We’ve been hosting a visiting Lib Dem activist who’d come down from Manchester to support the Lib Dem candidate. He was quite pleased with the result. Disappointing turn- out though - won’t be good for house prices.
Lib Dems did very well here. Aside from their locally-popular anti-Brexit stance, I suspect it helped that Ms Salek engaged with the community at the hustings, unlike the Labour and Tory candidates.
Some thoughts on the election. I’d be interested to hear other conclusions drawn.
First, it is always a sad day for democracy when a vote is determined when two thirds of the registered electors fail to participate. By-elections seldom get the same turnout as general elections, and of course people may be weary of elections so soon after the local elections last month. But in this case we now have a new MP with a majority on the back of 8% of the registered electors in the constituency.
So some thoughts.
Notwithstanding the 50.2% result, this was not a good result for Labour. Perhaps in a constituency where voters overwhelmingly chose to remain in the EU, this is their show of displeasure with a party so underwhelmingly representing their position in parliament. Of course many Labour voters may also have assumed this a foregone conclusion and chosen to enjoy the sunshine.
But if it was bad for Labour it was also pretty bad for the Conservatives. Conservative party supporters tend to vote more often and consistently. If Labour voters stayed home, you can usually rely on Conservative voters to hit the polls. But the Conservatives also had the advantage of a known person. Voters should already know Ross Archer, after all he was the Conservative Candidate for the Mayor of Lewisham in an election only weeks before. I would have expected the Conservatives to at least maintain their share.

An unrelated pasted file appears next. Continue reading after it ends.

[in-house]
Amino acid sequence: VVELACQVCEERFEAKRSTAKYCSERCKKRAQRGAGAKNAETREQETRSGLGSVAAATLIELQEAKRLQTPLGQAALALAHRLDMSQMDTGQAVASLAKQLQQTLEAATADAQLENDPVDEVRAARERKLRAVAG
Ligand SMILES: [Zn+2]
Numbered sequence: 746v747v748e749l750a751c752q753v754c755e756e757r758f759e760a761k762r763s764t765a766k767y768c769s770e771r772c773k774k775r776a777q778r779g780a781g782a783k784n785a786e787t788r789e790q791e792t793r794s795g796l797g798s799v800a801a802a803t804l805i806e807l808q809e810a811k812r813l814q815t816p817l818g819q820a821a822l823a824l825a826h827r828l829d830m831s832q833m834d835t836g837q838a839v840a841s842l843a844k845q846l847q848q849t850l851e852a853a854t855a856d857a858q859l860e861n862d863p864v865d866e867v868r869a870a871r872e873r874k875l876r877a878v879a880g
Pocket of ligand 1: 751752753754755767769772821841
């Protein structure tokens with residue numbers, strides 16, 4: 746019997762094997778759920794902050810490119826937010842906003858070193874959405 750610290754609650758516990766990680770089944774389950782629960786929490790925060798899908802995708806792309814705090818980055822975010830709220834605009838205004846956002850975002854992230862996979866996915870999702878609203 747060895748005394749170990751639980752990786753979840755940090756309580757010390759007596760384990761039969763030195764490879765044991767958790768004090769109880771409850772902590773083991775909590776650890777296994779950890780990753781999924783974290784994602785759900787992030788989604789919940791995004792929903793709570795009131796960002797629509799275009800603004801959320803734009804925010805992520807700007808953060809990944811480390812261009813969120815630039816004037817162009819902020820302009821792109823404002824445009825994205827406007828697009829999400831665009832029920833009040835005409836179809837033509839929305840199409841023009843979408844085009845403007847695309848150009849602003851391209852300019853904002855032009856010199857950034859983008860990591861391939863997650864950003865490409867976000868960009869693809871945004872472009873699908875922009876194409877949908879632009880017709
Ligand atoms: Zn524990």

The real winner is the Liberal Democrats who seem to have picked up a substantial number of votes with 25% of the registered voters. Somehow I doubt that her participation in a small hustings event on the eve of the election had much impact. But perhaps the LibDems are finally coming out of the wilderness, or at least have policies that resonate around Lewisham voters. Brexit maybe? It shouldn’t be surprising though. Before the Labour hegemony in local government, the Liberal Democrats were very much the party of opposition in this borough.
I’m reluctant to conclude if the parties of the far(ther) right - UKIP and For Britain - were also winners. I had fully expected the UKIP vote to be split between David Kurten and Anne Marie Waters who is party leader of the relatively new For Britain party. Some may recall that Waters was the UKIP’s Lewisham East candidate in 2015 and fought for leadership of UKIP at their last “who wants to be a leader” event. But the vote wasn’t split, with Kurten maintaining the UKIP vote share from 2017, albeit a mightly drop from 2015, and Waters carving out a further 1.2% for herself.
Looks like it was a Remain protest vote which saw Labour’s majority slashed.
Now if Brexit does become a major issue after we leave the EU at the next General Election, this may be the trend we’ll see in other safe Labour seats in London.